So that's how I became part of Healthy Texas Babies. When the state decided to formalize this group and make it into a collaborative, I applied to be on the executive committee because I saw how impactful such a group can be. We still have some challenges, but it’s a young collaboration that’s moving in the right direction. 

What are some of those challenges? What are some things that you are hoping to improve in the collaborative?

Connecting all the different stakeholders is the first step and the biggest challenge here because of how spread out Texas is. People say, “Well, state X or state Y did this project, did that,” but I can say from talking to other state collaboratives that they don't have the same challenges we have in Texas. 

Take North Carolina. No patient in the state is further than 70 miles from a major medical center. We don’t have that in Texas. Here patients may have to travel 200 miles to reach a major medical center. That’s why so many deliveries in Texas occur in small, rural hospitals, and those hospitals often don’t have the infrastructure to collaborate on our projects. They’re doing a great job, but they have limited resources and may not be able to be a part of the projects that we want to do, whether it’s collecting data or instituting programs or implementing toolkits or bundles. If we push them too much, they may stop doing obstetrics altogether. Most of them are probably losing money on obstetrics already, so you can't just keep pushing them because otherwise they’ll have to close and then those patients will have nowhere else to go. 

So in a sense it's a fine balance between what we want to do and what's feasible in Texas. That’s the biggest challenge that we have to overcome before we can do much more than what we are doing right now. 

The other challenge is that Texas isn’t one of the states that often mandates things from the state government down to practitioners, so we're limited on what we can do. We can go to people and tell them that we're here to help, we're here to give them options for what they can do and how they can improve, but we can’t mandate what they have to do. If you combine that with the distances and the fact that rural hospitals are more common in Texas, you can see how it's going to be very hard to implement something that we think should be done.

All that being said, it’s remarkable how many hospitals TCHMB is working with. 

I think the word is spreading. We're developing a very large collaborative and these things take time for everybody to get on the same page. I also think that our work with UT Health Northeast and Dr. Lakey’s team has improved our ability to reach out to hospitals. From the TCHMB newsletter, the Texas Health Journal, the work on organizing data and data analysis, all of that has tremendously increased our capacity to move things forward. Even though the collaborative was around before UT Health Northeast came on board, I think that partnership has made us a better collaborative.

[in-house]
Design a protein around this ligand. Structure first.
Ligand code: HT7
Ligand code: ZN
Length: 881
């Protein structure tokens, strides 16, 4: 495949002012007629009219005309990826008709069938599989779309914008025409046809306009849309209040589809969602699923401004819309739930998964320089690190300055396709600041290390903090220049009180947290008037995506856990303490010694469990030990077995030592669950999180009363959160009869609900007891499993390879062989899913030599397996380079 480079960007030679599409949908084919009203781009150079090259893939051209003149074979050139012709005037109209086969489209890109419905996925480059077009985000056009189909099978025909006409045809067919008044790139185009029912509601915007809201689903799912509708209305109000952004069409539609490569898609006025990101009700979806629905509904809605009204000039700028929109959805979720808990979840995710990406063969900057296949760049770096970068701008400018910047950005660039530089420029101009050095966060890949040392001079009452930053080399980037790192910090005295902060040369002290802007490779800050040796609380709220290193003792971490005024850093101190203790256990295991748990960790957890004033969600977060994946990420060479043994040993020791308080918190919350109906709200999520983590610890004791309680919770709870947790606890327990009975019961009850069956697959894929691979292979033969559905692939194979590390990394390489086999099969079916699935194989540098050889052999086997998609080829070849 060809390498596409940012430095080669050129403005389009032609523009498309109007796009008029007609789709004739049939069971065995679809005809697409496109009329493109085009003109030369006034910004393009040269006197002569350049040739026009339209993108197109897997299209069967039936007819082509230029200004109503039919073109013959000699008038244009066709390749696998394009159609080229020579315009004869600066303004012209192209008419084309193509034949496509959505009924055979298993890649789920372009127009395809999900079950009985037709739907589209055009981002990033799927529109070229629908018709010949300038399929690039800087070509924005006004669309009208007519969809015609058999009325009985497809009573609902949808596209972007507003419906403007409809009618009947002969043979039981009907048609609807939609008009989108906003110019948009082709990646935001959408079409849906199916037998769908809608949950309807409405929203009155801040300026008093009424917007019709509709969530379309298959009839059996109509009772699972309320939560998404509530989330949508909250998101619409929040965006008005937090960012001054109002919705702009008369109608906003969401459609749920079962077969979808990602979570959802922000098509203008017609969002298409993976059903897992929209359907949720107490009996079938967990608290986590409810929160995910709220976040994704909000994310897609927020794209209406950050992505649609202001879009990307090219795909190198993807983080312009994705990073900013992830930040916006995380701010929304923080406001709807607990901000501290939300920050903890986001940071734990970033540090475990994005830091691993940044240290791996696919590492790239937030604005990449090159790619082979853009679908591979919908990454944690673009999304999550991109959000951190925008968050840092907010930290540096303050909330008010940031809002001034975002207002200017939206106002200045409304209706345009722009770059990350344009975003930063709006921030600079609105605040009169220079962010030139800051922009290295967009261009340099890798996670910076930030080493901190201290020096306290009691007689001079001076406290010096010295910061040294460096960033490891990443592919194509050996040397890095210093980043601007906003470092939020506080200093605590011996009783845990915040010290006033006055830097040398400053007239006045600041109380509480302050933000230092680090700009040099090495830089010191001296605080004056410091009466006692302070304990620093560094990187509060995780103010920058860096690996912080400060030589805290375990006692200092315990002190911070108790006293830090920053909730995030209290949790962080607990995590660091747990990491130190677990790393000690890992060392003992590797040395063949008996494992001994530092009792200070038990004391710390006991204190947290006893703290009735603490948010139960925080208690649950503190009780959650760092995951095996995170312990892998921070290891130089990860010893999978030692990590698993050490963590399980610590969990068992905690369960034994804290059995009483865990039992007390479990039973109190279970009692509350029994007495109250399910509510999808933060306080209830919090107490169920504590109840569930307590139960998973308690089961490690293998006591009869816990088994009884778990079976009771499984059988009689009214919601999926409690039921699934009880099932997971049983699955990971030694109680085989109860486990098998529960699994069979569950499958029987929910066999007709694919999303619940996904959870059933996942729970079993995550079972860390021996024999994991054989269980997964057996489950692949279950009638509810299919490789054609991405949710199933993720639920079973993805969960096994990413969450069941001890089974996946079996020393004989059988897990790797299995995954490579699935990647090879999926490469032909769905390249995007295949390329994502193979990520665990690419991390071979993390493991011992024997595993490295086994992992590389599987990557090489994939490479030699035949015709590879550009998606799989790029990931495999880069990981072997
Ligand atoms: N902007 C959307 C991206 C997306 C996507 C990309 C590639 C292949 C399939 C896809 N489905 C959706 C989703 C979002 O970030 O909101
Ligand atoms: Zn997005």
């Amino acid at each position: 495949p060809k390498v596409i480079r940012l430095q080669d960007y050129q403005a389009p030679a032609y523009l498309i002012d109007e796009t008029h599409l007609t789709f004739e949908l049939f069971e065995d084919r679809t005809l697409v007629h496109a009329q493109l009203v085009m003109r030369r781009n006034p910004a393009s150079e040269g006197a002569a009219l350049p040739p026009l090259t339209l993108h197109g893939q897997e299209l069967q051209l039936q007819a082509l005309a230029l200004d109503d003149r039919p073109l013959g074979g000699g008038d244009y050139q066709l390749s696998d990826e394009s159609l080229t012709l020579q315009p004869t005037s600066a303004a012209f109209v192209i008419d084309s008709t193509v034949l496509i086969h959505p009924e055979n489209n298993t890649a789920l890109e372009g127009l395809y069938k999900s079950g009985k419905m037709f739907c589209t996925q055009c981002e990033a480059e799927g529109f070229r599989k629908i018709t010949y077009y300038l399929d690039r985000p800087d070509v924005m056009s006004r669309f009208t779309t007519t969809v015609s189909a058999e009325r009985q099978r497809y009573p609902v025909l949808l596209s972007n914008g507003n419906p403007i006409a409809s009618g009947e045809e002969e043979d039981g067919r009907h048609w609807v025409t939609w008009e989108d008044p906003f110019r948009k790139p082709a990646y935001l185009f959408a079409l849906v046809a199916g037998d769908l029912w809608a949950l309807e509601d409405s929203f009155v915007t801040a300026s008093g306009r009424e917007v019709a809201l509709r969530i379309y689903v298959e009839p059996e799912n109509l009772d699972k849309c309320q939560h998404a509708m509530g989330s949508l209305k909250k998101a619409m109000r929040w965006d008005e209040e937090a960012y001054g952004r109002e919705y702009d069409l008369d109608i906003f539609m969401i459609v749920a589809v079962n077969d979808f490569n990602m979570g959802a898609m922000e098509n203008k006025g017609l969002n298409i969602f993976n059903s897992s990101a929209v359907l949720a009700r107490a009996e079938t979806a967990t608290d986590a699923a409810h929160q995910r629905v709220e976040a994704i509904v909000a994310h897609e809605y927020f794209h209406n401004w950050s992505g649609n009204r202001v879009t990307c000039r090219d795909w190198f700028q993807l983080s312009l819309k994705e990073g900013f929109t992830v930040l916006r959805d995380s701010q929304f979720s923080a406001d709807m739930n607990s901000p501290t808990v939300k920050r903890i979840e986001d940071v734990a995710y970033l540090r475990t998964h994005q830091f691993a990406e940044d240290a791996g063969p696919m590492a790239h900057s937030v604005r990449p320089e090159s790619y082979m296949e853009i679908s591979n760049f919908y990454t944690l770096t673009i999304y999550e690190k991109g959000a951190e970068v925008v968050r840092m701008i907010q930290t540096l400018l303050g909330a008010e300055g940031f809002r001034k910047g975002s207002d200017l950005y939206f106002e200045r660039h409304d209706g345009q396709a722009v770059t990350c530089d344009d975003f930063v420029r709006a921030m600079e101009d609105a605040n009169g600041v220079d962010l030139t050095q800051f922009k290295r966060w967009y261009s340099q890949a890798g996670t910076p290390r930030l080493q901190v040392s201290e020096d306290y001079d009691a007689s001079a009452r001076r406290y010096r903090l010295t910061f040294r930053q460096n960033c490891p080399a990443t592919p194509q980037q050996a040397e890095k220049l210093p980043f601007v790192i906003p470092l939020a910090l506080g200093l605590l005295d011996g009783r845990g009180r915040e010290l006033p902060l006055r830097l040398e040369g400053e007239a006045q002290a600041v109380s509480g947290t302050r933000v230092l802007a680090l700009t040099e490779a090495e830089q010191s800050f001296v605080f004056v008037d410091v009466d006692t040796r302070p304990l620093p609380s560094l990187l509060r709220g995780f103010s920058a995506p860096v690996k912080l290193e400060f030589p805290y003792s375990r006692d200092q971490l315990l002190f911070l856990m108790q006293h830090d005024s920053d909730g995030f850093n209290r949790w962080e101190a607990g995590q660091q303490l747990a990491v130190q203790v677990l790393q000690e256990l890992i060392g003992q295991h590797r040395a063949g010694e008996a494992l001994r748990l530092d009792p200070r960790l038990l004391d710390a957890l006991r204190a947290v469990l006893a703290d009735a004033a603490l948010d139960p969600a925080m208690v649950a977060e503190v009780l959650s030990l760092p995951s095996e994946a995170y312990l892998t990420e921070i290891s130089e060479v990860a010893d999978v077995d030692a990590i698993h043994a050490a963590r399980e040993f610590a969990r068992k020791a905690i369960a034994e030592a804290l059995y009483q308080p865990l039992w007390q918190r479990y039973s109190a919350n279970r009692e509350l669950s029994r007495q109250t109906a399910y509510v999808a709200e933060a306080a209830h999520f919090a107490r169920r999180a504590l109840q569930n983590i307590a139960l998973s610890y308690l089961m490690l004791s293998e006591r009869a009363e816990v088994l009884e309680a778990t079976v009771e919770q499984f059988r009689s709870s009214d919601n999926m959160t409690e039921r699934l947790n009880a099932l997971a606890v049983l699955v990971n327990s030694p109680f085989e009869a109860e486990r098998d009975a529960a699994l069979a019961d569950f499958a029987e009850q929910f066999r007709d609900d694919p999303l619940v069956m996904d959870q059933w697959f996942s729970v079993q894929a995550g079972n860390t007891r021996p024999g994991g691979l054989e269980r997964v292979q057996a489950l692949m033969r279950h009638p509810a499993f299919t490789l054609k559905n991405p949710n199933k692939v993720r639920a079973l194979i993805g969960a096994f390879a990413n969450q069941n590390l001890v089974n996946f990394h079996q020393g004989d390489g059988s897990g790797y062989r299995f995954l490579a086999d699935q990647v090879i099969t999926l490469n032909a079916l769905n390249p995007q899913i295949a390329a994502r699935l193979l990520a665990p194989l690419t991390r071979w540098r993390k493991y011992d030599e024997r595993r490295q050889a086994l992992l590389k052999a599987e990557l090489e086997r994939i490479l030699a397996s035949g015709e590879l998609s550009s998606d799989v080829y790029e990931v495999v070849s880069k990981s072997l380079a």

"People say, 'Well, state X or state Y did this project, did that,' but I can say from talking to other state collaboratives that they don't have the same obstacles we have in Texas. "

What are you most excited about moving forward? 

Collaborating with the perinatal advisory committee on the levels of neonatal care is going to be very important. I think the neonatal part of the collaborative is working really well because all the state’s NICUs have been connected for several years. They all function collaboratively. And now there is an official status for levels of neonatal care, so the NICUs have to be certified and they have to work together. The state is divided into regions and they have to work within those regions, and so that's something the collaborative can leverage and use to improve our communication and to improve our impact. 

Next there’s going to be similar levels for maternal care and that’s huge, because this will be the first time that that’s happened. The NICU levels have been around for 20 or 30 years, but the maternal levels are new. So we need to seize this opportunity to work through that structure, to help educate and spread the message and the projects that we want to do. This is really the next step that’s going to propel us to the next level. I think we have some exciting years ahead of us. 

Especially in this moment when maternal care in Texas has been getting a lot of attention because of our maternal mortality rates. Is that connected to why these maternal care levels are being implemented? 

It's another chapter in the same story. About five years ago, I and some of my colleagues wrote a call to action. Why were we having these maternal mortalities? It was a national thing, not just for Texas.

We said then that neonatologists had developed these levels of NICU care in the ‘70s and they'd improved them in the ‘80s and ‘90s and now it’s a standard thing to have levels of neonatal care. Why weren’t we doing the same for maternal care? Then the Society for Maternal and Fetal Medicine and the American College of Obstetricians and Gynecologists put a group together and came up with the recommendations for levels of maternal care. 

I do believe that the levels of maternal care will improve pregnancy outcomes and decrease maternal mortality and, importantly, maternal morbidity. It may take some time to see the benefits, but I have been told by many colleagues that just having the discussion about this has improved the support they get.